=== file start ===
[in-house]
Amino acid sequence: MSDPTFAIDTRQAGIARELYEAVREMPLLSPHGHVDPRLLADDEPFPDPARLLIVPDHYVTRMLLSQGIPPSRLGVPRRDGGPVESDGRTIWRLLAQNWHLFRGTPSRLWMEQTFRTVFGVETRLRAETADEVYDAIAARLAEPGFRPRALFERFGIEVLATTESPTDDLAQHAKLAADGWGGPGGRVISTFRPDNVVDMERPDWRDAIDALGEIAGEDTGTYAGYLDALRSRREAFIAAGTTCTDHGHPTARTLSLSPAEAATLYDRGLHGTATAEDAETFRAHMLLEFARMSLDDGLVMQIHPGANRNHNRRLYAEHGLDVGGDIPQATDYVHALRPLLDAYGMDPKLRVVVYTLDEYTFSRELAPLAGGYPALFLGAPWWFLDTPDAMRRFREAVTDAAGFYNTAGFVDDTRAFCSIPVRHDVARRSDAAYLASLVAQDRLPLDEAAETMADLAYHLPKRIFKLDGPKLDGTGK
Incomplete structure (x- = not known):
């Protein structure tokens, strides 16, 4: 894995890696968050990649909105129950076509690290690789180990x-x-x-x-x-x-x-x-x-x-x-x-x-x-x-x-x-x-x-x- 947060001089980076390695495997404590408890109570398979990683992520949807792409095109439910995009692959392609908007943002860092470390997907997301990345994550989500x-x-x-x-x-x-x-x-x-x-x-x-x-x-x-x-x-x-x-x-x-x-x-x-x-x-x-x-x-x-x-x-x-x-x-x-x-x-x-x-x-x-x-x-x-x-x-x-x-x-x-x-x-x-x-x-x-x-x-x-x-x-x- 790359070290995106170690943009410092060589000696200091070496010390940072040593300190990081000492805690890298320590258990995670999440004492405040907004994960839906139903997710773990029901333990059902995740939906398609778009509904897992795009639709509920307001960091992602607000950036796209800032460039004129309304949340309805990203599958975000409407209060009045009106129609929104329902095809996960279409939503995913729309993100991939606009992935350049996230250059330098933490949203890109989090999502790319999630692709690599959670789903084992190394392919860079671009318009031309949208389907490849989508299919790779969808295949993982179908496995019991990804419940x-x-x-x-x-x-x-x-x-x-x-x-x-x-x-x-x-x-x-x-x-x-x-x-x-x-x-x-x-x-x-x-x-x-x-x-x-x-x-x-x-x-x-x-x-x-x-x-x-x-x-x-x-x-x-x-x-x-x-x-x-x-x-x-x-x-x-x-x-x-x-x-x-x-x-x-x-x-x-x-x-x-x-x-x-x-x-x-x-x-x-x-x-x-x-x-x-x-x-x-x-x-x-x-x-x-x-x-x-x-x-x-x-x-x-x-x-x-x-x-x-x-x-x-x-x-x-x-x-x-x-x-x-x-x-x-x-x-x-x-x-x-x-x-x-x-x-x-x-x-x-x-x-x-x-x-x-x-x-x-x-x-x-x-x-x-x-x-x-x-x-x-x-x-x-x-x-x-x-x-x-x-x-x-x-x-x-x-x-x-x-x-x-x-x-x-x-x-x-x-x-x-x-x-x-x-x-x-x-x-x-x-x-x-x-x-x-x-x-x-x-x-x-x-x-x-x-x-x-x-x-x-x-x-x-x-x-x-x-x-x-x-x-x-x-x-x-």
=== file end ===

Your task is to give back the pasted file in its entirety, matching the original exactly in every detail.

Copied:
[in-house]
Amino acid sequence: MSDPTFAIDTRQAGIARELYEAVREMPLLSPHGHVDPRLLADDEPFPDPARLLIVPDHYVTRMLLSQGIPPSRLGVPRRDGGPVESDGRTIWRLLAQNWHLFRGTPSRLWMEQTFRTVFGVETRLRAETADEVYDAIAARLAEPGFRPRALFERFGIEVLATTESPTDDLAQHAKLAADGWGGPGGRVISTFRPDNVVDMERPDWRDAIDALGEIAGEDTGTYAGYLDALRSRREAFIAAGTTCTDHGHPTARTLSLSPAEAATLYDRGLHGTATAEDAETFRAHMLLEFARMSLDDGLVMQIHPGANRNHNRRLYAEHGLDVGGDIPQATDYVHALRPLLDAYGMDPKLRVVVYTLDEYTFSRELAPLAGGYPALFLGAPWWFLDTPDAMRRFREAVTDAAGFYNTAGFVDDTRAFCSIPVRHDVARRSDAAYLASLVAQDRLPLDEAAETMADLAYHLPKRIFKLDGPKLDGTGK
Incomplete structure (x- = not known):
């Protein structure tokens, strides 16, 4: 894995890696968050990649909105129950076509690290690789180990x-x-x-x-x-x-x-x-x-x-x-x-x-x-x-x-x-x-x-x- 947060001089980076390695495997404590408890109570398979990683992520949807792409095109439910995009692959392609908007943002860092470390997907997301990345994550989500x-x-x-x-x-x-x-x-x-x-x-x-x-x-x-x-x-x-x-x-x-x-x-x-x-x-x-x-x-x-x-x-x-x-x-x-x-x-x-x-x-x-x-x-x-x-x-x-x-x-x-x-x-x-x-x-x-x-x-x-x-x-x- 790359070290995106170690943009410092060589000696200091070496010390940072040593300190990081000492805690890298320590258990995670999440004492405040907004994960839906139903997710773990029901333990059902995740939906398609778009509904897992795009639709509920307001960091992602607000950036796209800032460039004129309304949340309805990203599958975000409407209060009045009106129609929104329902095809996960279409939503995913729309993100991939606009992935350049996230250059330098933490949203890109989090999502790319999630692709690599959670789903084992190394392919860079671009318009031309949208389907490849989508299919790779969808295949993982179908496995019991990804419940x-x-x-x-x-x-x-x-x-x-x-x-x-x-x-x-x-x-x-x-x-x-x-x-x-x-x-x-x-x-x-x-x-x-x-x-x-x-x-x-x-x-x-x-x-x-x-x-x-x-x-x-x-x-x-x-x-x-x-x-x-x-x-x-x-x-x-x-x-x-x-x-x-x-x-x-x-x-x-x-x-x-x-x-x-x-x-x-x-x-x-x-x-x-x-x-x-x-x-x-x-x-x-x-x-x-x-x-x-x-x-x-x-x-x-x-x-x-x-x-x-x-x-x-x-x-x-x-x-x-x-x-x-x-x-x-x-x-x-x-x-x-x-x-x-x-x-x-x-x-x-x-x-x-x-x-x-x-x-x-x-x-x-x-x-x-x-x-x-x-x-x-x-x-x-x-x-x-x-x-x-x-x-x-x-x-x-x-x-x-x-x-x-x-x-x-x-x-x-x-x-x-x-x-x-x-x-x-x-x-x-x-x-x-x-x-x-x-x-x-x-x-x-x-x-x-x-x-x-x-x-x-x-x-x-x-x-x-x-x-x-x-x-x-x-x-x-």